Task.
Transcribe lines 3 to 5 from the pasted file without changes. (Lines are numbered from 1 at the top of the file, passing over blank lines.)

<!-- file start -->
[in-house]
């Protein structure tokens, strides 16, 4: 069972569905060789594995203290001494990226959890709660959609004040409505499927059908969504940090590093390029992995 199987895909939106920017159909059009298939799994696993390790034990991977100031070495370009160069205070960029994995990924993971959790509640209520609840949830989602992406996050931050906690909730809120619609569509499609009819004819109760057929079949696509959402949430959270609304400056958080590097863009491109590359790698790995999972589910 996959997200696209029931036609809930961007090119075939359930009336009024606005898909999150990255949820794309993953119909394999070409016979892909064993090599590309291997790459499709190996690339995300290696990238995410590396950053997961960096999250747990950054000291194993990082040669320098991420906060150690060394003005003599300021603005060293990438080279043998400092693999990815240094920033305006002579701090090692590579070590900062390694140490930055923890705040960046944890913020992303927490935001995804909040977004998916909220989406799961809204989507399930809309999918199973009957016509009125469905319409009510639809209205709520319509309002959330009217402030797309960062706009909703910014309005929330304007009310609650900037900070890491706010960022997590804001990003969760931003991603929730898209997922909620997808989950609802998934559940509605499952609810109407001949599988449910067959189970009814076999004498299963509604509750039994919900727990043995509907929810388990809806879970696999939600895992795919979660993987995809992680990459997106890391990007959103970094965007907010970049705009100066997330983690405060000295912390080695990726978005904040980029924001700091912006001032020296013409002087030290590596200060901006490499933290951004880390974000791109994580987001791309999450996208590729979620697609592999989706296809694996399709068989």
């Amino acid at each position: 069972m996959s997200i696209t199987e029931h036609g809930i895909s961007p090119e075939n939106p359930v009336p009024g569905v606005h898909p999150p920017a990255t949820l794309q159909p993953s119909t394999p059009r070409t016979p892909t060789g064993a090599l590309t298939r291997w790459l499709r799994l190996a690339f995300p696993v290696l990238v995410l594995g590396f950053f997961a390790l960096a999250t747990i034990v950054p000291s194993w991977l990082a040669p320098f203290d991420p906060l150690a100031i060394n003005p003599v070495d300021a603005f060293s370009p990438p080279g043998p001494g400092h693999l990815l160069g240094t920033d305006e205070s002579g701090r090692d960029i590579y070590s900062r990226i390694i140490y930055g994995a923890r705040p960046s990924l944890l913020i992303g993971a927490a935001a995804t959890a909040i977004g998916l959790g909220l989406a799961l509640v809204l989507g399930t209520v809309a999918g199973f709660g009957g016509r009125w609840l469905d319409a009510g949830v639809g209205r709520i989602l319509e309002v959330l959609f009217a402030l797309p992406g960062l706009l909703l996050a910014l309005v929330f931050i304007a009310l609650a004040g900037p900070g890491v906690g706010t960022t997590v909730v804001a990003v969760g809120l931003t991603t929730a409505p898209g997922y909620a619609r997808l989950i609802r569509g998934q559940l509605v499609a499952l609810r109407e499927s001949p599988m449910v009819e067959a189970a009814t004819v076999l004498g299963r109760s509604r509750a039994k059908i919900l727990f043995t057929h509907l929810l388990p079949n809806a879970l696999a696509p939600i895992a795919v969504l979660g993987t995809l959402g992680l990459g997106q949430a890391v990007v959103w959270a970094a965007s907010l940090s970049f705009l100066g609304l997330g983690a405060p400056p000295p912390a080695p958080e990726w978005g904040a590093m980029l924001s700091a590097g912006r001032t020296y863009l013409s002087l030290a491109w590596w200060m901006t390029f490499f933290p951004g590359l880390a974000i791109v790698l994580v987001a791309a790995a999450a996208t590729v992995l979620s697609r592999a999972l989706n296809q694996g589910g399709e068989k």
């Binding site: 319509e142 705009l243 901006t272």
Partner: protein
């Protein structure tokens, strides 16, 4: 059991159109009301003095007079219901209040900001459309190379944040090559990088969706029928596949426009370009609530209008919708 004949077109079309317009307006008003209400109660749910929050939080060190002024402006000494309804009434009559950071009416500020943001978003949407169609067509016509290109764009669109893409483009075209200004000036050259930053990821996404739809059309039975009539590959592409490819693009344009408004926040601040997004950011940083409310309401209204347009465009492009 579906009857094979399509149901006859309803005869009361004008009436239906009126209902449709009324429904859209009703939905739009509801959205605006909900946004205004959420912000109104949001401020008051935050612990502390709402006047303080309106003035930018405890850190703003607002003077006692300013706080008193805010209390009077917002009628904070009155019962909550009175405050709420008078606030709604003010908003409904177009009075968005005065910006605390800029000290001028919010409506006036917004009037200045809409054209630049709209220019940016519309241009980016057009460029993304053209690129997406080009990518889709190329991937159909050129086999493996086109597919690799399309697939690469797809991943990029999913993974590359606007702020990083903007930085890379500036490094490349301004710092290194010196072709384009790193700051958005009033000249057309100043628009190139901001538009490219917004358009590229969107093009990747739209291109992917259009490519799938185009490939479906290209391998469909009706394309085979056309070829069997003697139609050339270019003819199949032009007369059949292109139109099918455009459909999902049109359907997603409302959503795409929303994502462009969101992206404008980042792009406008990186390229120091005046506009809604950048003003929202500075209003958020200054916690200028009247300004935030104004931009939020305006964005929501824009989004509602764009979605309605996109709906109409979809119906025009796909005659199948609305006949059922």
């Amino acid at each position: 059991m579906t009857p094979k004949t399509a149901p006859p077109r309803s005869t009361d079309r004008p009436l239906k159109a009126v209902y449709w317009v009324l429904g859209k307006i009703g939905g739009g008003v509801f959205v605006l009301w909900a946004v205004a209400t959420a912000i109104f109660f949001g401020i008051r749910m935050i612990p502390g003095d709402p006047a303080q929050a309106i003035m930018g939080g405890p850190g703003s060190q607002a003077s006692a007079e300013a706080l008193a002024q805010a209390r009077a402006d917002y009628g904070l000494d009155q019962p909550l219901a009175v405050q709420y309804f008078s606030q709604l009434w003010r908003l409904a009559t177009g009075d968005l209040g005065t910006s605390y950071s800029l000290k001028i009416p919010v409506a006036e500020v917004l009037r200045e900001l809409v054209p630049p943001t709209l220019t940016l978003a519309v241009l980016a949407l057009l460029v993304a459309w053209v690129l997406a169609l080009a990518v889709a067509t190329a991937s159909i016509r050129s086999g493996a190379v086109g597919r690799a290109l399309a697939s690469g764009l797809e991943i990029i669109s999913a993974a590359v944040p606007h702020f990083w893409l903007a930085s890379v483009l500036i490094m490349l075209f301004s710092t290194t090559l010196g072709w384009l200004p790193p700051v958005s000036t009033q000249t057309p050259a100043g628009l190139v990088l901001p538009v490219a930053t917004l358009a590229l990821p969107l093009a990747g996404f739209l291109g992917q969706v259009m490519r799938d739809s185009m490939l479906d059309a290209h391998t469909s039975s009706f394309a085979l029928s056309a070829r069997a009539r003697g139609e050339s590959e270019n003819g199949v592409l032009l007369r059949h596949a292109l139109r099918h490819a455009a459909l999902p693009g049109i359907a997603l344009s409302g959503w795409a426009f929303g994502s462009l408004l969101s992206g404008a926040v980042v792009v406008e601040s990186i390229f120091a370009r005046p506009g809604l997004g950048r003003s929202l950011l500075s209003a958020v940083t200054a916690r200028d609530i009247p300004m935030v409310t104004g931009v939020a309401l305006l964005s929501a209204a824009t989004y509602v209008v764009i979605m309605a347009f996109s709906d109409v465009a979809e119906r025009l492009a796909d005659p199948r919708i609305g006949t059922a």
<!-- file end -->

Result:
């Amino acid at each position: 069972m996959s997200i696209t199987e029931h036609g809930i895909s961007p090119e075939n939106p359930v009336p009024g569905v606005h898909p999150p920017a990255t949820l794309q159909p993953s119909t394999p059009r070409t016979p892909t060789g064993a090599l590309t298939r291997w790459l499709r799994l190996a690339f995300p696993v290696l990238v995410l594995g590396f950053f997961a390790l960096a999250t747990i034990v950054p000291s194993w991977l990082a040669p320098f203290d991420p906060l150690a100031i060394n003005p003599v070495d300021a603005f060293s370009p990438p080279g043998p001494g400092h693999l990815l160069g240094t920033d305006e205070s002579g701090r090692d960029i590579y070590s900062r990226i390694i140490y930055g994995a923890r705040p960046s990924l944890l913020i992303g993971a927490a935001a995804t959890a909040i977004g998916l959790g909220l989406a799961l509640v809204l989507g399930t209520v809309a999918g199973f709660g009957g016509r009125w609840l469905d319409a009510g949830v639809g209205r709520i989602l319509e309002v959330l959609f009217a402030l797309p992406g960062l706009l909703l996050a910014l309005v929330f931050i304007a009310l609650a004040g900037p900070g890491v906690g706010t960022t997590v909730v804001a990003v969760g809120l931003t991603t929730a409505p898209g997922y909620a619609r997808l989950i609802r569509g998934q559940l509605v499609a499952l609810r109407e499927s001949p599988m449910v009819e067959a189970a009814t004819v076999l004498g299963r109760s509604r509750a039994k059908i919900l727990f043995t057929h509907l929810l388990p079949n809806a879970l696999a696509p939600i895992a795919v969504l979660g993987t995809l959402g992680l990459g997106q949430a890391v990007v959103w959270a970094a965007s907010l940090s970049f705009l100066g609304l997330g983690a405060p400056p000295p912390a080695p958080e990726w978005g904040a590093m980029l924001s700091a590097g912006r001032t020296y863009l013409s002087l030290a491109w590596w200060m901006t390029f490499f933290p951004g590359l880390a974000i791109v790698l994580v987001a791309a790995a999450a996208t590729v992995l979620s697609r592999a999972l989706n296809q694996g589910g399709e068989k």
């Binding site: 319509e142 705009l243 901006t272």
Partner: protein